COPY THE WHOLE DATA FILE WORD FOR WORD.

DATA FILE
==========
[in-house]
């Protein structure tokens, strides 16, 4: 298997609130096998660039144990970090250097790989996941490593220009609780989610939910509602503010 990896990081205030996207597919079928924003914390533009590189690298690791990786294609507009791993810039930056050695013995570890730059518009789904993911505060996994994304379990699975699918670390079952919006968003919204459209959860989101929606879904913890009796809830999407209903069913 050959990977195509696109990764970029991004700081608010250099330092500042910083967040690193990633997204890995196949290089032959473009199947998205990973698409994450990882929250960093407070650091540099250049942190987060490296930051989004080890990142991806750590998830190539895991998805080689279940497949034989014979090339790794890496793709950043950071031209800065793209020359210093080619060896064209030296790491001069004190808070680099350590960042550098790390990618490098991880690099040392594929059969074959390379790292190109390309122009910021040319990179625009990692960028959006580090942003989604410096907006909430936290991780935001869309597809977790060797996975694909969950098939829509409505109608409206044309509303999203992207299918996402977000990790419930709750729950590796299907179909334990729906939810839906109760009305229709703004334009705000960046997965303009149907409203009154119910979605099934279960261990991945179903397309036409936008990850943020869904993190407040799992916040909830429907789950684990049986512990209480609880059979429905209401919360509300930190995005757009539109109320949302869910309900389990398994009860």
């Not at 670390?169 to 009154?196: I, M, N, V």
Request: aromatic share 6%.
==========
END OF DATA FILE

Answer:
[in-house]
């Protein structure tokens, strides 16, 4: 298997609130096998660039144990970090250097790989996941490593220009609780989610939910509602503010 990896990081205030996207597919079928924003914390533009590189690298690791990786294609507009791993810039930056050695013995570890730059518009789904993911505060996994994304379990699975699918670390079952919006968003919204459209959860989101929606879904913890009796809830999407209903069913 050959990977195509696109990764970029991004700081608010250099330092500042910083967040690193990633997204890995196949290089032959473009199947998205990973698409994450990882929250960093407070650091540099250049942190987060490296930051989004080890990142991806750590998830190539895991998805080689279940497949034989014979090339790794890496793709950043950071031209800065793209020359210093080619060896064209030296790491001069004190808070680099350590960042550098790390990618490098991880690099040392594929059969074959390379790292190109390309122009910021040319990179625009990692960028959006580090942003989604410096907006909430936290991780935001869309597809977790060797996975694909969950098939829509409505109608409206044309509303999203992207299918996402977000990790419930709750729950590796299907179909334990729906939810839906109760009305229709703004334009705000960046997965303009149907409203009154119910979605099934279960261990991945179903397309036409936008990850943020869904993190407040799992916040909830429907789950684990049986512990209480609880059979429905209401919360509300930190995005757009539109109320949302869910309900389990398994009860």
């Not at 670390?169 to 009154?196: I, M, N, V």
Request: aromatic share 6%.